When Mommy Just Can’t Even


This weekend, the laundry is staying unwashed. The dishes aren’t getting unloaded. Books will remain unread at nighttime, and the kids may get snapped at if they open my bedroom door one more time.

This mommy is on strike. This mommy just. can’t. EVEN.

Raise your hand if you feel me, ladies! In our role as Mommy we are expected to do it all — and we usually do. This week was busier than usual at work, one of my twins got sick, I soon followed suit, and we took a stray kitty into our family. While this has meant a lot of joy from our new addition, it also meant cleaning cat pee off my bed while taking care of one sick kid and entertaining the not-sick kid…it hasn’t left much time for me to take care of myself. So this weekend, I lost it. The kids were fighting, they were hungry, I was literally sick and tired, and they just wouldn’t listen. “Listen to me!” I bellowed in a far-too-harsh tone that left the kids looking shocked. “I am sick and you aren’t listening and I can’t do this anymore!” 

What happens when mommy just can’t even?

We all have these days, mama. Those days that kick you right in the tush and knock you off of your “I’m-an-awesome-mom!” throne.

When you feel like everything is caving in and you just can’t do it anymore, it’s a sign you need to stop. It’s okay to let yourself stop. I had been running around all Saturday playing with the kids, taking them to the store, trying to feed my picky eaters–I had completely neglected the fact that I was sick. Standing alone in that dark bathroom, I knew it was up to me to fix this.

Here’s how I did it:

  • Calm yourself:

    After my outburst, I immediately retreated to the dark silence of my bathroom. I shut the door, turned out the lights, and tuned out the world around me. The first stop in calming yourself is often isolating yourself in a quiet space where you feel safe. 

  • Acknowledge your mom-guilt:

    After some deep breathing, the nasty little voice of mom-guilt arrived. How could I yell at my kids that way? They weren’t really too out of hand. They were hungry because I had barely cooked dinner. They were bored. They were tired. Yet I just couldn’t seem to do anything. I acknowledged the guilt I felt in screaming so harshly, but reminded myself that the kids will survive one night with popcorn for dinner instead of a full meal. They will survive a day where mommy doesn’t tend to their every need.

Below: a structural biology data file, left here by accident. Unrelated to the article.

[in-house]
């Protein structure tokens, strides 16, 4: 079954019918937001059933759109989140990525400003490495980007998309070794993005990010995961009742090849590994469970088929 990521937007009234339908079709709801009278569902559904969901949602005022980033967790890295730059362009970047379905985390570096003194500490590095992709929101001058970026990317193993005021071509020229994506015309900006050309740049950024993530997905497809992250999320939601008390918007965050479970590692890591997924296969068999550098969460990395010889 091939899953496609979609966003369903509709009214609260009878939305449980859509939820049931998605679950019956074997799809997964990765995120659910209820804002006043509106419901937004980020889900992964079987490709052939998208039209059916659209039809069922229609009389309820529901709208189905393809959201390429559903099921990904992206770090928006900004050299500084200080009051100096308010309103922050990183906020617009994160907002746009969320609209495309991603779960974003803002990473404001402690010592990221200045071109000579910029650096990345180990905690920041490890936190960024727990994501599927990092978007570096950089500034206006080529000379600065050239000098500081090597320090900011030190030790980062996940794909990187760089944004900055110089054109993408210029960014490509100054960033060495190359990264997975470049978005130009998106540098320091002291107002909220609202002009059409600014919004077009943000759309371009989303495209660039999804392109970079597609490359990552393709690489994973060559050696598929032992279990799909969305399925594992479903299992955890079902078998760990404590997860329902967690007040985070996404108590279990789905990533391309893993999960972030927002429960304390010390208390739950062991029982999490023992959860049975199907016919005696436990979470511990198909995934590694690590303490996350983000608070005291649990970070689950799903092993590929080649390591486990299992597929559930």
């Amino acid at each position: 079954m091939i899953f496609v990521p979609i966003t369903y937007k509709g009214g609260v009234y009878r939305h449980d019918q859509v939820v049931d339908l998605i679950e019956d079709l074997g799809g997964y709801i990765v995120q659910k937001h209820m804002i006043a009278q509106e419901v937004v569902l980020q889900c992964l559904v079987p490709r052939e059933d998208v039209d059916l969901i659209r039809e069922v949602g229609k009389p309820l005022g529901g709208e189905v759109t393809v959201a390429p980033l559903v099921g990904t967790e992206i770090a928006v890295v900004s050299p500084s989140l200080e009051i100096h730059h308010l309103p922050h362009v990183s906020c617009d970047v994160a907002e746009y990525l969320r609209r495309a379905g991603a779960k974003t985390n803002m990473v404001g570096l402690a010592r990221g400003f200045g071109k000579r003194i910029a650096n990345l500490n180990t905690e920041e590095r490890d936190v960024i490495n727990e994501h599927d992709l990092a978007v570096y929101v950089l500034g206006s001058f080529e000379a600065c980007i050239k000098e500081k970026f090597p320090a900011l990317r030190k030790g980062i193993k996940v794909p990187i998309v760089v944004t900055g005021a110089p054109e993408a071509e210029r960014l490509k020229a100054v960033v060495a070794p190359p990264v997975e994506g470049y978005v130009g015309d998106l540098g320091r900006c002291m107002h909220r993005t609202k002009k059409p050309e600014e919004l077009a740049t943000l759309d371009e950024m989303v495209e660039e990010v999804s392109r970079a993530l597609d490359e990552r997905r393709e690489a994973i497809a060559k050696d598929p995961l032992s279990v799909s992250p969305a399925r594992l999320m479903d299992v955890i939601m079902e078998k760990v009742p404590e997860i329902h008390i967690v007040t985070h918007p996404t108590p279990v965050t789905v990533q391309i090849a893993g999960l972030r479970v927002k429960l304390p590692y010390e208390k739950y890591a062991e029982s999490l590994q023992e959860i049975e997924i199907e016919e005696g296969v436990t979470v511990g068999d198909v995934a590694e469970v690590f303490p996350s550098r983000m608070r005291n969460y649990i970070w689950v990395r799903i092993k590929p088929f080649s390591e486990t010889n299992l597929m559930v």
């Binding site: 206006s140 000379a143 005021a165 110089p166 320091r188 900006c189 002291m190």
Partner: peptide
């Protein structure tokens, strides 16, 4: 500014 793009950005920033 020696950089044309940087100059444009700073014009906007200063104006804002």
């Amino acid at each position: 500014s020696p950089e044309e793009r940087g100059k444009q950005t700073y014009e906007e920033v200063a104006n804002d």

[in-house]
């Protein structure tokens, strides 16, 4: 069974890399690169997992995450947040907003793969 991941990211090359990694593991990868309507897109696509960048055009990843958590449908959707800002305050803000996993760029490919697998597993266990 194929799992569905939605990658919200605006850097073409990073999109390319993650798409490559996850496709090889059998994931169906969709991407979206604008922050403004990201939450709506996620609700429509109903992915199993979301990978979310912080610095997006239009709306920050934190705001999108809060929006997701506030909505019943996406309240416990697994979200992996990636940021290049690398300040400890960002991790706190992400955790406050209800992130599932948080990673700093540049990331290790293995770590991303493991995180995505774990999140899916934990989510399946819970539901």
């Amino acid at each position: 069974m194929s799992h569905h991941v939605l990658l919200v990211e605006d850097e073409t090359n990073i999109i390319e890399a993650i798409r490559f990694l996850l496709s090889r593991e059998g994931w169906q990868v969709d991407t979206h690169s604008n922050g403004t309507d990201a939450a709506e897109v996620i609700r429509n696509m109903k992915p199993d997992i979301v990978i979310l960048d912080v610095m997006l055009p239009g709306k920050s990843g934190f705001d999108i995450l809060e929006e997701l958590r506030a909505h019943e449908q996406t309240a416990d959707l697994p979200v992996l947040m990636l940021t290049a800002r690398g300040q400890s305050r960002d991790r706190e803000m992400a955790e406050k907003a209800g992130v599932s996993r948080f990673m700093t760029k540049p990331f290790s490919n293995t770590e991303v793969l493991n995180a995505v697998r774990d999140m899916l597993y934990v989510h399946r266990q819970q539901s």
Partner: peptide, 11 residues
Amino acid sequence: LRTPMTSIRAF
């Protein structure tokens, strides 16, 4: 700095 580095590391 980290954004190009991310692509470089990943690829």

• Tell your kids what’s up:

    Once I calmed down, I called the kids into my room. I told them that I did not enjoy yelling at them earlier, but that I really needed them to hear me. I told them mommy is sick, mommy is tired, and mommy needs them to respect that. I told them that I LOVE taking care of them, and that they could take care of me too. This, they finally understood. My mom-guilt was lifted. 

  • Veg out!:

    The next day I forced myself to rest and it. was. glorious! I told the kids in the morning that I would be staying in bed all day and to please not disturb me unless they really needed something. While I did get up several times to fix them some simple no-cook meals, I succeeded in spending my day in bed reading, napping, and catching up on Homeland. The only productive thing I did all day was write this post.

  • Treat yourself:

    After spending the day in bed, I finally started feeling a little better. I still have a nasty cough and sore throat, but I felt somewhat renewed from my rest. I decided to give myself a manicure, a simple action that was like a treat at the end of my day. Find something small that doesn’t take too much effort and treat yourself with it — after a day in bed, you will feel so much better.

While these tips may seem obvious, it can be hard to see a way out when we are feeling overwhelmed. I hope that these tips help you if you find yourself where I was this weekend! Later that afternoon I decided to break out the mom-centered planner pages  I designed earlier this week and put them to use. On the bottom of the page? A section for self-care. Something so important is something we as moms often neglect-ourselves.

Don’t forget yourself, mama. You are important!